From now until the end of the year, saltwater recreational anglers have an opportunity to influence the management practices employed by the National Oceanic and Atmospheric Administration as it works to update the National Recreational Fisheries Policy of saltwater.
It is especially important that recreational anglers take the time to reach out during this process, in large part because NOAA and its fisheries biologists seem genuinely interested in what we have to say. NOAA even sent a high-level delegation to the American Fly Fishing Trade Association’s dealer summit in South Carolina in October to discuss ocean recreational fishing directly with anglers, and the agency took held several outreach events during the summer and fall in hopes of getting recreational anglers to participate. The federal agency charged with managing ocean recreational fisheries clearly has its ears out: It wants to hear from recreational anglers about managing fisheries for everything from bass to walleye and everything in between.
But time is short. The comment period ends on December 31
NOAA is updating its National Saltwater Recreational Fisheries Policy that was last updated in 2015, and while the existing policy addresses some of the biggest challenges facing our recreational fish stocks, it does not he gets to address others. Over the next four weeks or so, recreational anglers have an opportunity to have an outsized impact on how our recreational fisheries are managed for years to come.
But where do we start? Well, here’s a quick introduction, and first we should address the elephant in the room.
No issue presents a greater challenge to recreational saltwater fishing than climate change. If we cannot control the impacts on our fisheries of climate change and its associated stressors (think reduced migration range, red tide fish kills, unnatural and explosive blooms of sargassum and general loss of fish habitat), a policy update may not be necessary in a decade. Any recreational angler who blindly and stubbornly ignores climate change and the threats it poses to saltwater fisheries is deliberately working against their own interests. The first and most important message delivered to NOAA during this comment period should focus on climate change and what can be done to make our recreational fisheries more resilient to its impacts. As it stands, there is no mention of addressing climate change in NOAA’s existing policy statement. Any new policy must be crafted with a warming world as an overarching theme.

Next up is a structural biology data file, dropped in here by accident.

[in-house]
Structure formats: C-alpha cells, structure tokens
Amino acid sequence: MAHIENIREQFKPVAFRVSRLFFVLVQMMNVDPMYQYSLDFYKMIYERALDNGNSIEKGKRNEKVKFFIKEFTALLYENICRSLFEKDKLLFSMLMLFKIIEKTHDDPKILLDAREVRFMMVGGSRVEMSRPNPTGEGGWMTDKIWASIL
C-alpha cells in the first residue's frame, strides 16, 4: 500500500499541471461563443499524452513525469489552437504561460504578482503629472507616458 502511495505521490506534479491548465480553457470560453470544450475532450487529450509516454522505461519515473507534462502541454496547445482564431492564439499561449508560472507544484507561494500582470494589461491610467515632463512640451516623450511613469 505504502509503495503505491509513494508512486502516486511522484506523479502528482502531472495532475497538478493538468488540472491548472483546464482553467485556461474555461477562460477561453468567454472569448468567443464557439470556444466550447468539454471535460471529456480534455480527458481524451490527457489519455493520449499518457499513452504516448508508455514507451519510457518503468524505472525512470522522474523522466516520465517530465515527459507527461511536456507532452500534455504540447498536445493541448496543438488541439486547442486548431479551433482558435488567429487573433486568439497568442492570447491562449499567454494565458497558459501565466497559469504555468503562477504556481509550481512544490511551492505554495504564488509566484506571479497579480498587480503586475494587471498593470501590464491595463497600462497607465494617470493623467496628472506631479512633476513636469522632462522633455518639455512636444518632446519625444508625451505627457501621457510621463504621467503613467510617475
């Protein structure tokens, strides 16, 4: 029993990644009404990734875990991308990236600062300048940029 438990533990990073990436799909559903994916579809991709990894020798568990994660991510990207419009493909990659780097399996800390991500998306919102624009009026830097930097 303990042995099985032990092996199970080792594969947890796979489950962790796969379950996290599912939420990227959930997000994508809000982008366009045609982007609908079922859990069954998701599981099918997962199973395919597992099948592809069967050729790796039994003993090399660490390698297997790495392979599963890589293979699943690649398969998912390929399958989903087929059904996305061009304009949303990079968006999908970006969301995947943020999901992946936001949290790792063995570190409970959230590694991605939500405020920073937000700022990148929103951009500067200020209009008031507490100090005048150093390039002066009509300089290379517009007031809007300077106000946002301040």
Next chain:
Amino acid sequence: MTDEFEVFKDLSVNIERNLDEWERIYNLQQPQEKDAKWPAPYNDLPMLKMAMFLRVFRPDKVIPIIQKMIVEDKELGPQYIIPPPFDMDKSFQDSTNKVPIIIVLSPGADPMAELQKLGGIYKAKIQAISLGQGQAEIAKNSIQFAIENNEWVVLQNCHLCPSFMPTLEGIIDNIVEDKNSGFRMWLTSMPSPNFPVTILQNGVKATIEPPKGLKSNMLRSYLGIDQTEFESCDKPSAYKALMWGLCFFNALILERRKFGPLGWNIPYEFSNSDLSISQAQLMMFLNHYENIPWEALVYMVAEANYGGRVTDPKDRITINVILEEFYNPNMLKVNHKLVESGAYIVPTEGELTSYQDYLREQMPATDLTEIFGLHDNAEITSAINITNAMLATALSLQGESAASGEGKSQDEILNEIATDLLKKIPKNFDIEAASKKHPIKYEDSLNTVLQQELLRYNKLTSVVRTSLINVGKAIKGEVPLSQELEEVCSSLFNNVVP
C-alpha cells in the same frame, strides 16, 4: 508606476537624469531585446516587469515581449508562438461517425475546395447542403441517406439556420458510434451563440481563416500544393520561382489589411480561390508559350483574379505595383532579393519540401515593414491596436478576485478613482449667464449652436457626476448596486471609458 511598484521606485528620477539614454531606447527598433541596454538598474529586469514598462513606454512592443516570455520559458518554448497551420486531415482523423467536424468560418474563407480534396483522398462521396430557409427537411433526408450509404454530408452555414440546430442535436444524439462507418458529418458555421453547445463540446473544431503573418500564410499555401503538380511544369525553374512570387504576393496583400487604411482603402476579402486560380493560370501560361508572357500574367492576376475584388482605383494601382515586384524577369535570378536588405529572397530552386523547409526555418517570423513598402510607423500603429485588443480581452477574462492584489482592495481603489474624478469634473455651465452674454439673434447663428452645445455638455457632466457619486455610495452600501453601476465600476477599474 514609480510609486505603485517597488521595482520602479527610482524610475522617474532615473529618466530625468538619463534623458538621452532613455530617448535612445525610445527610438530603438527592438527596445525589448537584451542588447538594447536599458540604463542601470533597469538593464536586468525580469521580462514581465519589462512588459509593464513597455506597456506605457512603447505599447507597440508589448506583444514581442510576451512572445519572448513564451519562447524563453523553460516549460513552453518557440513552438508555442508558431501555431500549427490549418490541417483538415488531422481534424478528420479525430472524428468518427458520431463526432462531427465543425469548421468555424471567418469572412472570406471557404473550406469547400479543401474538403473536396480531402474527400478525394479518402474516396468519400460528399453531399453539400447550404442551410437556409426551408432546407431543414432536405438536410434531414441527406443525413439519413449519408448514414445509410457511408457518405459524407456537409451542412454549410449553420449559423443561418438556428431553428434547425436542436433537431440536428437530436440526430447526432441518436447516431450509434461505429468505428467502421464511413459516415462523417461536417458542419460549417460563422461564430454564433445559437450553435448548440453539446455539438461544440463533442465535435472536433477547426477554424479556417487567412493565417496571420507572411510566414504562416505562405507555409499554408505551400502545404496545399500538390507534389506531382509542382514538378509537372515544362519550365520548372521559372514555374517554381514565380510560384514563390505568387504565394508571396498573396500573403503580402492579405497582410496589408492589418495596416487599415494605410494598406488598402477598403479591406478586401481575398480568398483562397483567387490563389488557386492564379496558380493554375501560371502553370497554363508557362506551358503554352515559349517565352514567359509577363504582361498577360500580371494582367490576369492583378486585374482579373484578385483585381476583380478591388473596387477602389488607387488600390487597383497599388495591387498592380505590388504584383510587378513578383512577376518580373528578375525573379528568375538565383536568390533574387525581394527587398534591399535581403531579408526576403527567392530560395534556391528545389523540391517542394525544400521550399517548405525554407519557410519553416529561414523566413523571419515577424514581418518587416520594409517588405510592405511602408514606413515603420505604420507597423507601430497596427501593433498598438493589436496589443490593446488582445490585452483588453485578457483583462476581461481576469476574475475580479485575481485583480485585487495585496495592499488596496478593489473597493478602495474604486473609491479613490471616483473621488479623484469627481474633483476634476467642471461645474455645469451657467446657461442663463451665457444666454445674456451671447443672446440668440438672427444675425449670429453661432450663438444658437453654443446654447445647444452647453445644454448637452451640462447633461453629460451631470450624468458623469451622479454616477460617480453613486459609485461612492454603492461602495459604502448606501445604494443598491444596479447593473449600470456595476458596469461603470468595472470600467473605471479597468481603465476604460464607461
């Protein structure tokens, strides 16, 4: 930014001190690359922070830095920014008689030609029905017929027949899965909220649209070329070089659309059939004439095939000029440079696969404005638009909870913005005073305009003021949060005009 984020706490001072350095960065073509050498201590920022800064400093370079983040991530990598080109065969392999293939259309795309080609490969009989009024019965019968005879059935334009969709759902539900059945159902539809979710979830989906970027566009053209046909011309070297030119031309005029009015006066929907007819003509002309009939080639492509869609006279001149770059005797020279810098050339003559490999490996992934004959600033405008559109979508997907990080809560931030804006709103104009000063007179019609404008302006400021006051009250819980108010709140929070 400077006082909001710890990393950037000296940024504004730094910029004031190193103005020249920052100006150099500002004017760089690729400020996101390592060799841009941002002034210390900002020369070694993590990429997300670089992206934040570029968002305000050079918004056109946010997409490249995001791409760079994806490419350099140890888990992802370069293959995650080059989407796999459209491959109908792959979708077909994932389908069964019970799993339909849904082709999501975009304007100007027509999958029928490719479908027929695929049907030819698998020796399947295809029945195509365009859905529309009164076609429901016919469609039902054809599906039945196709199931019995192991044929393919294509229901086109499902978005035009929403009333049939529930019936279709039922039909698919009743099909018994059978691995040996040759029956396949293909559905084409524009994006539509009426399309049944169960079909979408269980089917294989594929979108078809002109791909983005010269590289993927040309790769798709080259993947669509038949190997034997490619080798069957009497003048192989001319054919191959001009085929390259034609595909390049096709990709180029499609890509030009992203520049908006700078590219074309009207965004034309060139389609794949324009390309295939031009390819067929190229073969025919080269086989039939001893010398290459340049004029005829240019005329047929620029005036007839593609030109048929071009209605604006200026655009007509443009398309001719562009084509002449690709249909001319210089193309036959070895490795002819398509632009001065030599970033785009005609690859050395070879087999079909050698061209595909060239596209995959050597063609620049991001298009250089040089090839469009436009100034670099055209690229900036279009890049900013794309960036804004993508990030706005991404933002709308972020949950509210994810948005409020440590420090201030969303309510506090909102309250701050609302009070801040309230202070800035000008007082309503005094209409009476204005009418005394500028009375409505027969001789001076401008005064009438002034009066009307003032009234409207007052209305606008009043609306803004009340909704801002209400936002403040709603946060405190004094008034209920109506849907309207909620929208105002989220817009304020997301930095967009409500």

Which brings us to science. NOAA should be considered the “umbrella” agency when it comes to the management of recreational fisheries in our oceans. There are state agencies and regional fisheries management committees up and down our coasts, but NOAA’s Saltwater Recreational Fishing Policy should be the guide for all other agencies that manage fisheries important to recreational anglers. , and that guide should be science, not politics. If you want to see how politics works in fisheries management, look no further than the management of East Coast striped bass and the yo-yo effect on fish stocks due to political efforts made to please the fishing industry commercial The same could be said for West Coast groundfish management. Managing our recreational fisheries for sustainability, not political prestige, should be one of NOAA’s highest priorities, and that means science must lead the way.
Data from the fisherman
NOAA needs to invest in more and better data collection so it can stand on solid ground when it comes to weather change management policies for any given fishery. And frankly, it’s time for recreational anglers to look in the mirror and maybe practice some introspection. If and when you comment on this policy rewrite, please encourage NOAA to hold the recreational fishing community accountable in the effort to collect usable data that can be used to better manage the fisheries we care about. We all have the ability, even anecdotally, to share the information we gather when fishing. It’s not too much to ask, especially of fishermen who harvest fish from the sea, to send reports and data to NOAA so the agency can be more agile and manage the sustainability of our fisheries. Currently, the Marine Recreational Information Program provides a federal-regional-state “mechanism” for collecting data, but it is bulky and largely inaccessible to everyday recreational anglers. Improving this program and providing an easy and user-friendly interface for anglers to provide same-day data from saltwater fishing trips is a great way to turn the average angler into a useful citizen scientist.
We have a generational opportunity over the next month or so to influence the management of recreational fisheries. Please take the time to share your concerns with NOAA and make sure your voice is heard. As fishermen, we are part of a huge economic sector that includes everything from boat builders, gear and equipment manufacturers, goods designers, commercial establishments, destination communities, accommodation establishments and the like. Ensuring our saltwater fisheries are healthy and productive goes beyond the success we, as anglers, experience when a striper hits a fly or when a redfish takes a bait. Good fishing translates into healthy coastal economies.
This is our chance to have a real influence on the fisheries that are so important to us and the millions of anglers who fish in saltwater. Please take a few minutes and send your thoughts to NOAA. To its credit, the agency is actively seeking your input. It’s time we do our part and let our fisheries managers know how important our fish and our fisheries are to us.